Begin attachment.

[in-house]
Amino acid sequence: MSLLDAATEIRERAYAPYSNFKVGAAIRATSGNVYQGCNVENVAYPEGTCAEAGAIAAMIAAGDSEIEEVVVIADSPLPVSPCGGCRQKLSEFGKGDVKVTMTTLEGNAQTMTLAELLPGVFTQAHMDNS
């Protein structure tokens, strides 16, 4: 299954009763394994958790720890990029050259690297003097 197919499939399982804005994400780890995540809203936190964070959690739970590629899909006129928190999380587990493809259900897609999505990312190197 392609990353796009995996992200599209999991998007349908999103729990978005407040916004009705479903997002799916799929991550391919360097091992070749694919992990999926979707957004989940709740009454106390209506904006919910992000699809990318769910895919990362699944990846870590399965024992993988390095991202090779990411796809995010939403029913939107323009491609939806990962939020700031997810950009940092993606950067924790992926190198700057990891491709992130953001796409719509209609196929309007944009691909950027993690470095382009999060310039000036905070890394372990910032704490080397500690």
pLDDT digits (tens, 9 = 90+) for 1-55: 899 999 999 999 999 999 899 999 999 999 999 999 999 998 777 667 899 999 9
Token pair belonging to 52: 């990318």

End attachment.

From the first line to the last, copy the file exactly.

[in-house]
Amino acid sequence: MSLLDAATEIRERAYAPYSNFKVGAAIRATSGNVYQGCNVENVAYPEGTCAEAGAIAAMIAAGDSEIEEVVVIADSPLPVSPCGGCRQKLSEFGKGDVKVTMTTLEGNAQTMTLAELLPGVFTQAHMDNS
């Protein structure tokens, strides 16, 4: 299954009763394994958790720890990029050259690297003097 197919499939399982804005994400780890995540809203936190964070959690739970590629899909006129928190999380587990493809259900897609999505990312190197 392609990353796009995996992200599209999991998007349908999103729990978005407040916004009705479903997002799916799929991550391919360097091992070749694919992990999926979707957004989940709740009454106390209506904006919910992000699809990318769910895919990362699944990846870590399965024992993988390095991202090779990411796809995010939403029913939107323009491609939806990962939020700031997810950009940092993606950067924790992926190198700057990891491709992130953001796409719509209609196929309007944009691909950027993690470095382009999060310039000036905070890394372990910032704490080397500690």
pLDDT digits (tens, 9 = 90+) for 1-55: 899 999 999 999 999 999 899 999 999 999 999 999 999 998 777 667 899 999 9
Token pair belonging to 52: 């990318």